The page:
Working cycle-to-cycle on that boundary for results can also affect other teams’ ability to plan. I more then once spoke to leads for large projects who claimed that to plan beyond 3 months out was an impossibility -- since everyone was planning on 3 month cycles, they could not predict asks from stakeholders in advance, and everything was linked to a ‘big bang’ planning exercise each quarter. While I don’t think it’s true that you can't have longer-term plans in this situation, it’s hard not to be sympathetic to the notion when you exist in an ecosystem of teams that do this.
If you’re simultaneously trying to formulate KRs that are scoreable and meaningful, and also trying to assign work to folks on a team, the two use cases are antagonistic. KRs describe an outcome -- so if you’re assigning the outcome to a team or individual, the planning of how that gets done immediately shifts to outside the OKRs and into whatever task tracking or planning tool you use (even if it’s post-its).
It’s tempting to try to use OKRs as an excuse to do nothing but what’s on the list -- and in capturing the list of KRs, you try to capture everything you sign up to do, and plan to do nothing else. First, good luck micromanaging people to that extent! Even if people put up with it, you’re likely wasting a lot of your own time doing this, when the fungible nature of priorities in modern tech are so fickle. You could easily end up throwing out all your careful work, or doing something worse like having your team be inflexible to changes in situation.
Trying to make your OKRs be an exclusive list of everything you or your team will do in the planning cycle (no more, no less) is almost always the wrong target. Modern practices always shift priorities mid-cycle, and the effort planning method you use should be resilient to this, and be designed for change and update. This applies in equal measure to OKRs, with the additional benefit being making sure your stakeholders are aware of your promises.
It can also be tempting for each team member to believe that their work is not relevant to the team’s objectives unless they own an Objective or KR listed on the team’s OKRs. Similarly, for folks who own an effort within a team or org, it doesn’t necessarily have to feature in team or org-level OKRs; it’s still valid work as agreed with leadership and stakeholders. Going down the slippery slope of OKRs being an exhaustive and exclusive list generally makes people think this way, and this anti-pattern will be reinforced.
I measured, graded and reviewed hundreds of sets of OKRs from teams for over a decade, and this is by far the most common piece of advice I offer. Much of the value of the OKR method is in the specificity of targets. There are a number of examples in the list above of this anti-pattern, such as the “100% or 0%” KR of writing of a design doc, the magical “make progress” phrasing, (which can be scored arbitrarily), or the classic ‘do not fail as a business during this cycle’ catch-all about growth. Even if it feels a little contrived, specific targets are a crucial element to each KR. 100% is a fine target, once the possible outcomes aren’t just that or 0%. Knowing the Point of OKRs, and The Power of Naming ‘OKRs’, from the outset, is a term doomed to eventual failure if you want a large organisation to immediately know exactly what you mean. It doesn’t mean anything unless you go on to explain it, and as a mnemonic device, it reproduces imperfectly. Yes, it’s an acronym, but it’s an acronym for two businessy phrases that are heavily overloaded.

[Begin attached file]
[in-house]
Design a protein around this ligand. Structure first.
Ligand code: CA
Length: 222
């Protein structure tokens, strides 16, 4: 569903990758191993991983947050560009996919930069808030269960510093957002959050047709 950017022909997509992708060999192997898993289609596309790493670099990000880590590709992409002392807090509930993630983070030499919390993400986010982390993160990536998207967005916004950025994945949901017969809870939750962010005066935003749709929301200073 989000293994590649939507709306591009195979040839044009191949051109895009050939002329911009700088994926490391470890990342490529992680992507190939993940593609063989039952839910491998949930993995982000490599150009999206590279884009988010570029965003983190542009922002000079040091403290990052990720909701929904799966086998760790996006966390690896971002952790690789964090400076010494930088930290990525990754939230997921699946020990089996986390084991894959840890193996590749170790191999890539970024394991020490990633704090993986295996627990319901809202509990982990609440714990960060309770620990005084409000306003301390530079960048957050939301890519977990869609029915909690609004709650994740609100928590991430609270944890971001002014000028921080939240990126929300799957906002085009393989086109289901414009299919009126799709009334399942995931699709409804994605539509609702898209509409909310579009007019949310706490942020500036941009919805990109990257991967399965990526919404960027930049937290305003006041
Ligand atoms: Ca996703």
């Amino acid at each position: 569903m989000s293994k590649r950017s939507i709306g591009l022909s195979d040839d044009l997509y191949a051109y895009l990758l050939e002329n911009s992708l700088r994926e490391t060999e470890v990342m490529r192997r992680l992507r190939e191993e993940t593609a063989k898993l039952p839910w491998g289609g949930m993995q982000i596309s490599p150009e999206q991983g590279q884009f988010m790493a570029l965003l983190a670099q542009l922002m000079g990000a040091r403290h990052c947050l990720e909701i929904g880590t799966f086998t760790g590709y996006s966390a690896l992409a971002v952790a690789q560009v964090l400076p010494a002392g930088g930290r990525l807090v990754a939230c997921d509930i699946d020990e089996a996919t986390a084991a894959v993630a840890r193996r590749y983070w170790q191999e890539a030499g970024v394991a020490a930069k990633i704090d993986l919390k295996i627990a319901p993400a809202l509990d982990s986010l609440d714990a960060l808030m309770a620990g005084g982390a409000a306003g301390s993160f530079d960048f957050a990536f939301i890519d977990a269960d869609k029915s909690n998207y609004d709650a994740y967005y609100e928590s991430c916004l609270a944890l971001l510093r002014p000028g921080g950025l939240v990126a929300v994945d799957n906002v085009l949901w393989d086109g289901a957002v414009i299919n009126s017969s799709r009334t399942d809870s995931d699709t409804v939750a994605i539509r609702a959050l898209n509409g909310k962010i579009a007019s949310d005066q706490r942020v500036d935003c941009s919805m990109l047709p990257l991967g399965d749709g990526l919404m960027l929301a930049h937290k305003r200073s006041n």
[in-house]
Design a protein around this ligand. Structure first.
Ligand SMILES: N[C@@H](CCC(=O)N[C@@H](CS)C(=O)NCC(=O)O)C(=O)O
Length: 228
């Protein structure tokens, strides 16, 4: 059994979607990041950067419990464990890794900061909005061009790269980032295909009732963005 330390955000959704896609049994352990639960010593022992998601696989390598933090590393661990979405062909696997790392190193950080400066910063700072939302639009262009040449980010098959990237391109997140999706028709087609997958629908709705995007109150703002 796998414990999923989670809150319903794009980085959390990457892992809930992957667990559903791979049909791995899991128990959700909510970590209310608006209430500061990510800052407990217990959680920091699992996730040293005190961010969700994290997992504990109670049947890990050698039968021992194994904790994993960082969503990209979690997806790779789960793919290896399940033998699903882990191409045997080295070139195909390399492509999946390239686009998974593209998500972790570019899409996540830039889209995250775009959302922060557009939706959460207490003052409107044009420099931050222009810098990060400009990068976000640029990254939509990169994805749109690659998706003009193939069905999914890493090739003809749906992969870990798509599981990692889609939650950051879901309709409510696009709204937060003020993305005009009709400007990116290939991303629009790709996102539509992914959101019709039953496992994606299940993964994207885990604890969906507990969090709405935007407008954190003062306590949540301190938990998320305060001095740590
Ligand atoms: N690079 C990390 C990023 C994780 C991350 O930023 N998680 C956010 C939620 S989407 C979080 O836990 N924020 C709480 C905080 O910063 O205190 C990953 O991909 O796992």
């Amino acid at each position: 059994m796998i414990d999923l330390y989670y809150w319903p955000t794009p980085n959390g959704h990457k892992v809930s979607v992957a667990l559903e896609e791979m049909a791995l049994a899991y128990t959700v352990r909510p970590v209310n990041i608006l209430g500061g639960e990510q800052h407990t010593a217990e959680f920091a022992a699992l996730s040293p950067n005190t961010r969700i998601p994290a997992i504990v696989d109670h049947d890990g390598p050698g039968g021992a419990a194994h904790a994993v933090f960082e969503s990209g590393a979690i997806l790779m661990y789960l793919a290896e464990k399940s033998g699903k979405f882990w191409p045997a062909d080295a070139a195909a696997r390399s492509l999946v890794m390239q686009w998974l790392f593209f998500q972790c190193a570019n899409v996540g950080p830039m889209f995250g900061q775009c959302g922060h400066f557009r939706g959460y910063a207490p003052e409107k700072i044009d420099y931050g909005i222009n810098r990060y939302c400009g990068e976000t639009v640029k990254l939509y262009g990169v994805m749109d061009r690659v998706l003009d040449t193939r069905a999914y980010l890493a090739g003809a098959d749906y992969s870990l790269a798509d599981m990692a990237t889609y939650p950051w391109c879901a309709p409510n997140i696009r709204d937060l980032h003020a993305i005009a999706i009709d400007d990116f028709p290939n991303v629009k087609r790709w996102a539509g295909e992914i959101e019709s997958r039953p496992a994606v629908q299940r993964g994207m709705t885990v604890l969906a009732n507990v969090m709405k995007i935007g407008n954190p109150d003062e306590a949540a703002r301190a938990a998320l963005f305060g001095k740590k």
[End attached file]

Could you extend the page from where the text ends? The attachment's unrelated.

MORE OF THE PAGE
I’ve had best results when I’m able to phrase things in a way that (a) captures intent and (b) reduces ambiguity. My benchmark for these terms is that if you ask a generally sensible person to ‘bullshit’ an explanation for something given just the name, how close to your intended description would they get?
Objectives are our personal dreams, or our team’s dreams. You don’t put a time-box on them, you keep moving forward until you realise that dream. It doesn’t come true on a quarter boundary, and can morph and change over time.
Key Results are our promises. We set them out, we hold ourselves to them, and we let people know if we think we’re going to break them. In a relationship with stakeholders, it’s helpful to be explicit about chopping and changing our promises, and we should take pride in delivering on our promise, and that it sometimes isn’t everything we were asked for.
So, why don’t we call them Dreams and Promises? There is power in naming, and in using naming to demystify. I’ll talk more about this in the sections below.
What’s changed since the early 80s, when OKRs were first mooted? Turns out, a ton.